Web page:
Wednesday, November 05, 2014

Republicans Fix Obamacare?

If Republicans are going to degrade and destroy Obamacare they better bring their "A" game to the table. The ideas put forth in The New Republic are obviously from the J.V. team.

Consider this:

According to some, repealing the individual mandate (to buy health insurance) is number one on their agenda.

Certainly the most unpopular of the Obamacare provisions, but also the glue that makes it work.

Without a mandate you can expect carriers to take their ball and bat and go home.

The business mandate is also on the chopping block.
The employer mandate is a requirement that all companies with more than 50, full-time employees provide affordable insurance or pay a fine. It also defines “full-time” as at least 30 hours a week. The law’s critics say that has encouraged businesses to reduce the hours of some employees, in order to prevent them from hitting the 30-hour threshold and thus triggering the penalty.
The employer mandate has been, and will continue to be, a jobs killer. Eliminating the mandate is good, but exempting business from all Obamacare provisions is even better.

Employees have already seen undesirable benefit changes and unwanted premium increases as a result of Obamacare. There is nothing affordable about the "Affordable Care Act" and this extends to group plans as well as individual coverage.

The so-called insurance company "bail out" is viewed by some as unfair. This government reinsurance program is one of the main reasons why carriers agreed to come to the Obamacare Ball.

Protection against losses put them in the game. Taking it away will collapse the system.

Don't get me wrong, I never was an advocate of the risk corridor coverage. The reinsurance is scheduled to go away in a few years any way. Accelerating the removal is also accelerating the financial collapse of the Obamacare house of cards.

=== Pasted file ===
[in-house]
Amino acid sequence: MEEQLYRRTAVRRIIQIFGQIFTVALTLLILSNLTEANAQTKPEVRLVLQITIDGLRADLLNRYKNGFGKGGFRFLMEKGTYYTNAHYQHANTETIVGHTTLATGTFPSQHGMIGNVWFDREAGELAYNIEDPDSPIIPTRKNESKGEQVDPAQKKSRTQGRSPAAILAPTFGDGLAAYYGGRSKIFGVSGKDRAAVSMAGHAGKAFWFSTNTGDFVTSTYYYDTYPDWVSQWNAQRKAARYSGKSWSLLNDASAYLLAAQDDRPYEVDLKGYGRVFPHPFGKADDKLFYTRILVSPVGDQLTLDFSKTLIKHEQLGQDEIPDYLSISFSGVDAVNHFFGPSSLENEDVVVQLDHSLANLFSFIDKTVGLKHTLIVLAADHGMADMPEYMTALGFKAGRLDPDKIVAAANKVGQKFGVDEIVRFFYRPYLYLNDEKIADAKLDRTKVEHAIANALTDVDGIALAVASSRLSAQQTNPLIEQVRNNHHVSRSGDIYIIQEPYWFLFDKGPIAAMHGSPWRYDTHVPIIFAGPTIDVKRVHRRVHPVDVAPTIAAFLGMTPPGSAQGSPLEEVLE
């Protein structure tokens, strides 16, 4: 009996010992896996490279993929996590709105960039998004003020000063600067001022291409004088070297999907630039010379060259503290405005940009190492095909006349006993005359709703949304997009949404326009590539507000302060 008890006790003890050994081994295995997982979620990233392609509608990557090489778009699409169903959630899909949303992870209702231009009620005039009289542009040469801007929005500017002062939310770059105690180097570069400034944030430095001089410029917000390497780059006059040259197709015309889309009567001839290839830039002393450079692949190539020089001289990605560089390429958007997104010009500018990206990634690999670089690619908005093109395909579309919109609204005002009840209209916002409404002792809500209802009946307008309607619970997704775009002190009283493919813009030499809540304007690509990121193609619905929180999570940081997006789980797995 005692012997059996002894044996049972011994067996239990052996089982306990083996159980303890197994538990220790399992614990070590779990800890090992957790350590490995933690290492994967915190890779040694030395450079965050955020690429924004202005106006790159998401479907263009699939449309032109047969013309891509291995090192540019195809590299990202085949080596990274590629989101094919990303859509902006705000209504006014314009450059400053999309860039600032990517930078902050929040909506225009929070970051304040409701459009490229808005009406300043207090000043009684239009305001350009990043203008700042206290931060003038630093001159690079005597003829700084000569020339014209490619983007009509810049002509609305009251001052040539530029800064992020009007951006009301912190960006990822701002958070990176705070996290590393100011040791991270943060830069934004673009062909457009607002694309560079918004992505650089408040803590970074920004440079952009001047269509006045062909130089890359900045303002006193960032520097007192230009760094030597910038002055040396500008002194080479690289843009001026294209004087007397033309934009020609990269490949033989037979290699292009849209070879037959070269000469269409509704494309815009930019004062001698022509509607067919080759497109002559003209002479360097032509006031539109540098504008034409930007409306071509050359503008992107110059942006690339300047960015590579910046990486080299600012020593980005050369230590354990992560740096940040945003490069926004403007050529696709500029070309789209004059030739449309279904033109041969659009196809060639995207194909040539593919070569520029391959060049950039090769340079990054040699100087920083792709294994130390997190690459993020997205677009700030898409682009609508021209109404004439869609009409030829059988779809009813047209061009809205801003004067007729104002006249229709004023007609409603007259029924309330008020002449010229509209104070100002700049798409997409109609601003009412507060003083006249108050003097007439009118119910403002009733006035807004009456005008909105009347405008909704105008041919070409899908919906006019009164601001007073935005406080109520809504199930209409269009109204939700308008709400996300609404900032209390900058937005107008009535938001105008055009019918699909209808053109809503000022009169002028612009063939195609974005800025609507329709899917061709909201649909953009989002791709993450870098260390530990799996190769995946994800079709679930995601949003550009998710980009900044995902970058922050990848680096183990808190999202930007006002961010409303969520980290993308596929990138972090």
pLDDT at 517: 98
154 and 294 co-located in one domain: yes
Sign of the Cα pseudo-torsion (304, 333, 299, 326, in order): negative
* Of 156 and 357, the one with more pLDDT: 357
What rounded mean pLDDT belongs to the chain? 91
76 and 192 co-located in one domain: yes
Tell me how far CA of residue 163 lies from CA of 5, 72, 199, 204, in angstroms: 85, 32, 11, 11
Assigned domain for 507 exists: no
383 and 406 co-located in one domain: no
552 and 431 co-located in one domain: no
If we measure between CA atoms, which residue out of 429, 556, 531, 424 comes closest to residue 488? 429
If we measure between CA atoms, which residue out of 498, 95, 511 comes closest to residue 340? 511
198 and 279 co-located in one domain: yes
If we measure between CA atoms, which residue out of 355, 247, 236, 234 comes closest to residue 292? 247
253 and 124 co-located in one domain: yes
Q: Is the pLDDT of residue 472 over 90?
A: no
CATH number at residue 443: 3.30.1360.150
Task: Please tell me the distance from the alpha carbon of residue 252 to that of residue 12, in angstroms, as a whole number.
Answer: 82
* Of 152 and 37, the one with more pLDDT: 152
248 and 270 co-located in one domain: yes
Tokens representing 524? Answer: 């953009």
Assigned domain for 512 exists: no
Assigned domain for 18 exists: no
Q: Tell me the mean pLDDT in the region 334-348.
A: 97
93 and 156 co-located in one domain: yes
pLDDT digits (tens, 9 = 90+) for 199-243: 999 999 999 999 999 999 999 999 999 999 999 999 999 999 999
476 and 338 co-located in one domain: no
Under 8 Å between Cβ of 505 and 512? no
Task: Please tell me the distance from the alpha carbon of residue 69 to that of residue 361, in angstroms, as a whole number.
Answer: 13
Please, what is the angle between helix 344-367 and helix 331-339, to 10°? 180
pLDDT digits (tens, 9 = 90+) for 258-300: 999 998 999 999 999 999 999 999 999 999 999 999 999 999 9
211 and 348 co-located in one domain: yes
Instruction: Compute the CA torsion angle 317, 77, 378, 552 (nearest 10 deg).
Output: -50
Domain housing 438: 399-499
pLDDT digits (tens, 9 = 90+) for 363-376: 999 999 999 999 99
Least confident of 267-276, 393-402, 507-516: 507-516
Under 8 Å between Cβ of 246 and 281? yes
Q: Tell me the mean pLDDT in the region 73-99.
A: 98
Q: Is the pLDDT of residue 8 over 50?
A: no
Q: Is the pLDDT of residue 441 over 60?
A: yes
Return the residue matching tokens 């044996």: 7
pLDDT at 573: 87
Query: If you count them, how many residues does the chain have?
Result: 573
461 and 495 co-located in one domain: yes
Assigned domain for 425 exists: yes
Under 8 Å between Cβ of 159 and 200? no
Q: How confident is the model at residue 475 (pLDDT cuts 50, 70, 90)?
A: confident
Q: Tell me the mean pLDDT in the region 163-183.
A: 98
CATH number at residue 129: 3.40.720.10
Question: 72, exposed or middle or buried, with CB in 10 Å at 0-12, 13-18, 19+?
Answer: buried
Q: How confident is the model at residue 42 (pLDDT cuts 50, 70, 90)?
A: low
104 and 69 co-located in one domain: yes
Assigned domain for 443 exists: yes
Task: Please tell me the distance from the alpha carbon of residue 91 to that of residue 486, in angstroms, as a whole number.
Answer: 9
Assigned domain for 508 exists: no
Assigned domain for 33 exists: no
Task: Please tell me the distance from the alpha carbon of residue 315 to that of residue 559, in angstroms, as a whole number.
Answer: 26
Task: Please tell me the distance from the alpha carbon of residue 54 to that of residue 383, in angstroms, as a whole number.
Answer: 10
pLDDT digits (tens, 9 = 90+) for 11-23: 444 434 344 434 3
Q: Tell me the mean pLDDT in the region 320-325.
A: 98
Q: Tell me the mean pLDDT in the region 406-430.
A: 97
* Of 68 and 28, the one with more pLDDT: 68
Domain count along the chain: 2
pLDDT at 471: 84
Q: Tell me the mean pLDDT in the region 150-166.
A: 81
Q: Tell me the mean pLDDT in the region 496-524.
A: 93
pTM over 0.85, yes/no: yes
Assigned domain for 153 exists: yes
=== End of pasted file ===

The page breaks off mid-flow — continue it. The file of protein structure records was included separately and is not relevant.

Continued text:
Add more metal plans.
Insurance available through the new insurance marketplaces must fit into one of four “metal” levels—platinum, gold, silver, and bronze. Platinum are the most generous plans: They would cover about 90 percent of the typical person’s medical bills. Bronze cover 60 percent. Critics of the Affordable Care Act say that the law forces some people to get more insurance than they want. They’d like to introduce a new metal level—copper plans, which would cover about 50 percent of the typical person’s medical bills.
The people that want to add copper plans must clearly have a cranial - rectal inversion. Throwing a (slightly) lower premium plan into the mix won't help anything.

Many of the so-called Essential Health Benefits are viewed by many as forcing them to buy coverage they don't want. This is especially true when you tell a 60 year old woman her new Obamacare plan includes free birth control and a maternity benefit.

But the EHB's have minimal impact on the new cost of health insurance.

Guaranteed issue requirements, telling carriers they must issue a policy to anyone, regardless of pre-existing medical conditions, drives up the cost more than anything else.

This is followed closely by community rating and age banding.

If Congress wants to make Obamacare more workable, they'll need to return to a market-based insurance product, probably with simplified underwriting, and coupled with a national risk pool.

Get rid of all mandates, including the MLR, and allow carriers to operate in a free market.

Anything else will just make things worse than they are now.


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